Children who are diagnosed with cancer and have to undergo treatment may be eligible to get a referral to a family dentist, according to a study.
Key points:Dentists who have treated children with cancer for two years or more are eligible to refer children to the family dentist article The study found that referrals from dental schools to family dentists had a significant effect on children’s quality of life, and led to a lower risk of complications from dental treatment Source:Dr Stephen Wright and colleagues at the University of Sydney School of Dentistry have found that people with cancer who have had dental treatment at a family practice in the past two years were more likely to get referrals to a dentist who could provide them with care and treatment.
The study found those who had received dental treatment had a significantly higher rate of outcomes in their dental health than those who did not, such as lower dental caries, lower gum disease and lower caries.
Dentistry in the study was completed by a nationally representative sample of adults aged between 18 and 64.
Children who received a referral from a dental school to a dental practice for two or more years were eligible to be referred to a community dentist for treatment.
They were also asked to fill in a survey to record their experience of care and of any complications they experienced.
The results revealed that those who were referred to family practice had a better quality of dental health, and were less likely to experience complications related to their dental care, such the need to have a dentist visit or visit a dentist more often.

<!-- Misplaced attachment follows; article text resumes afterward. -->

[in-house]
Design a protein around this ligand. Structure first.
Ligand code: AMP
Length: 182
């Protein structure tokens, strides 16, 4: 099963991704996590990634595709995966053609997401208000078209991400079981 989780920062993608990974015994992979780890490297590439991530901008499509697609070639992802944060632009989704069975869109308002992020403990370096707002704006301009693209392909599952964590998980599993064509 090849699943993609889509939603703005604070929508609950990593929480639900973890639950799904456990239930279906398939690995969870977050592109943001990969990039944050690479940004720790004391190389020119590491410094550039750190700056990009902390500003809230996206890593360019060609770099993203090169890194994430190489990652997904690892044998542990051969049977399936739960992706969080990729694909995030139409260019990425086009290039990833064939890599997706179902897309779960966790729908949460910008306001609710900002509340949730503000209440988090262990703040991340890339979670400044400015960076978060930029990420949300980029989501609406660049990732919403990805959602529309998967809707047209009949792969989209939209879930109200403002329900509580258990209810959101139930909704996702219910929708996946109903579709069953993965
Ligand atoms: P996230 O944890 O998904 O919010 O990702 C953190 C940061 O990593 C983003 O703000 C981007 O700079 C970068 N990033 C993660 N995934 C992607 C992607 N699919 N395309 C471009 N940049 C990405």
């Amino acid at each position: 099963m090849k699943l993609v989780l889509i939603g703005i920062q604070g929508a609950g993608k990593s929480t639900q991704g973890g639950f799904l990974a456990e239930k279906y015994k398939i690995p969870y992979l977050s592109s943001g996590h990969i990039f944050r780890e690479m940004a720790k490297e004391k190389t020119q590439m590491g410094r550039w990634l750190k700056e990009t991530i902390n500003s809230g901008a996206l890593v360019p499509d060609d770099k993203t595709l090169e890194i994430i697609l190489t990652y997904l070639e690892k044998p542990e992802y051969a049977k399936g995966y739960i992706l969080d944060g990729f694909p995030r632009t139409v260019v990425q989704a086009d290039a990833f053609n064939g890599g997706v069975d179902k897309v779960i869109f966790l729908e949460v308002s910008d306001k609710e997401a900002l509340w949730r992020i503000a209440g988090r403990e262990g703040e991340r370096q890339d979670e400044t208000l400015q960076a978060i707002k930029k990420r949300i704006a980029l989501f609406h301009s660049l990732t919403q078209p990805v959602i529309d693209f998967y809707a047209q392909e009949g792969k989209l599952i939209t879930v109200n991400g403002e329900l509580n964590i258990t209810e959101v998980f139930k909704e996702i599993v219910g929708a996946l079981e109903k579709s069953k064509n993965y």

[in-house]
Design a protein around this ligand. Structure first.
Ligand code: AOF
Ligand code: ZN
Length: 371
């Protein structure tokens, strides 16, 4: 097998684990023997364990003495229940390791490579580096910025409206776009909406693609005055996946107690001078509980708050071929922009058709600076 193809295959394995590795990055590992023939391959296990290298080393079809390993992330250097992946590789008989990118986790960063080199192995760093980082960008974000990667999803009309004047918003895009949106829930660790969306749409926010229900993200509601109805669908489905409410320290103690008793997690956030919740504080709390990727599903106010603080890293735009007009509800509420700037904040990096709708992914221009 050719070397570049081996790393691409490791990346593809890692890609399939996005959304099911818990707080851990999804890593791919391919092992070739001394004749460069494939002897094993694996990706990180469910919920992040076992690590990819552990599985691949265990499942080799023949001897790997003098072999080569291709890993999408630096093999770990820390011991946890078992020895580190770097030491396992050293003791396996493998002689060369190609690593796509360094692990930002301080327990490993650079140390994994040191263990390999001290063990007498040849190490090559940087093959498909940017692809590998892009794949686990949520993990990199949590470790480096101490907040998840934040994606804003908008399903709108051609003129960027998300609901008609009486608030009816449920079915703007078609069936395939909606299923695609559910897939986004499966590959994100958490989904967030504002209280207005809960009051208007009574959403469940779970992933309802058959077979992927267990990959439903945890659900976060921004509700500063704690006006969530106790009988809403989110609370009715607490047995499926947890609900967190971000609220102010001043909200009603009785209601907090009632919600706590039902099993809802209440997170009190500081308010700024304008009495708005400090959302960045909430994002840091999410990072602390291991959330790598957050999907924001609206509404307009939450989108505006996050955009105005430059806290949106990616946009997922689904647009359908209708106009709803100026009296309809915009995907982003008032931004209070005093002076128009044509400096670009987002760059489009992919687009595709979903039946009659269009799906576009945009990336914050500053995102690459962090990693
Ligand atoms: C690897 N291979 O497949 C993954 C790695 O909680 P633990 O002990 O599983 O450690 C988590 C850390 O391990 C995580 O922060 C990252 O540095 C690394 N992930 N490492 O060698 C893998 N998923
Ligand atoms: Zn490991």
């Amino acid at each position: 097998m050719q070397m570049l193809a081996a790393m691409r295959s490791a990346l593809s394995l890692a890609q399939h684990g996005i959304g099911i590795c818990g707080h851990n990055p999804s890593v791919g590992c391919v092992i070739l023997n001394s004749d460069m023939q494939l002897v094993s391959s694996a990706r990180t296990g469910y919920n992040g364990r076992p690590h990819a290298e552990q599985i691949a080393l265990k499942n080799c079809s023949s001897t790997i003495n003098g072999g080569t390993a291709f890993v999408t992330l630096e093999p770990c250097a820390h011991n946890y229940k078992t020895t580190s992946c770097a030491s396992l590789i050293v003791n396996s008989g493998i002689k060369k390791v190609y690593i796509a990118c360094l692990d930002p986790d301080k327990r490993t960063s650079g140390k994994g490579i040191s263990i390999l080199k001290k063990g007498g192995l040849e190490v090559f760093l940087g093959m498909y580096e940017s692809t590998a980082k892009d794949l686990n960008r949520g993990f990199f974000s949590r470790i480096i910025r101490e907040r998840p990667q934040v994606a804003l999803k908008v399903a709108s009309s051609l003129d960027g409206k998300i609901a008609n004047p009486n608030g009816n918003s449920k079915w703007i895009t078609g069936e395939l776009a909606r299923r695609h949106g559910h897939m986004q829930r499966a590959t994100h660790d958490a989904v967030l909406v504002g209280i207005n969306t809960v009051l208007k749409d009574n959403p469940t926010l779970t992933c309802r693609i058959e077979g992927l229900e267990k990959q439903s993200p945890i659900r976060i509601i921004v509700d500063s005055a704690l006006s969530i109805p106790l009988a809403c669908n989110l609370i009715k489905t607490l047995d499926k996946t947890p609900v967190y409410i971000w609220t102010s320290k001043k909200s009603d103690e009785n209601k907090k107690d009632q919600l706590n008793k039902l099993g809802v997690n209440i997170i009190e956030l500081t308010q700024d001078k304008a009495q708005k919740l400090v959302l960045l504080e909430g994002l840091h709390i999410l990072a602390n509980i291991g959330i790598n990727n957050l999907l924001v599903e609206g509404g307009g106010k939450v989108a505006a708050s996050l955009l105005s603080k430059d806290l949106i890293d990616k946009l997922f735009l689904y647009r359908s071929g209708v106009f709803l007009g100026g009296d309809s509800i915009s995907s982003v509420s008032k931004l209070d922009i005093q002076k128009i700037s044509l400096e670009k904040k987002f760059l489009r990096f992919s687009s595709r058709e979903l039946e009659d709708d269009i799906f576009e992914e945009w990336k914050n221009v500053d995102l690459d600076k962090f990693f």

The study also showed that referrals to dental schools were linked to better dental health outcomes in children.
For the study, Dr Wright and his colleagues surveyed 1,500 adults, aged between 21 and 64, who were living in Australia between September 1, 2011, and December 31, 2016.
They then compared their dental history to their answers to questions about dental health and dental cary.
Results showed that those children who had been referred to dental school for two to four years had a lower rate of caries than those whose children had not had dental care for two and a half years.
Dr Wright said the study’s results were a reminder that children with childhood cancer have a much better chance of getting a dental referral to the dental school they were living at.
“They have a greater chance of accessing a dental clinic or dental school if they have had a dental treatment, and they are also less likely if they do have dental treatment,” he said.
“It could be that if a child has been referred by a dental college to a primary school for treatment, that child may also benefit from being educated by a primary dental school dentist.”
If they have not had a primary dentist visit for the last three years, they are less likely than those with cancer not to have had an appointment.
“Dr Wright added that the study could help reduce the number of children living in families without dental coverage, particularly those living in remote communities.”
This study is a good reminder that there is a lot of work to be done, and it could be a key factor in helping to ensure that children are not being left behind when it comes to dental care,” he concluded.
Topics:dentistry,cancer,health,social-policy,social—dental-disorder,dental,dentists-and-dentifers,nsw,australiaContact:Stephen Wright,School of Dentary,Schools,Dentary,AUS,Auckland,New ZealandFirst posted January 31, 2021 16:11:18Contact Stephen WrightMore stories from New Zealand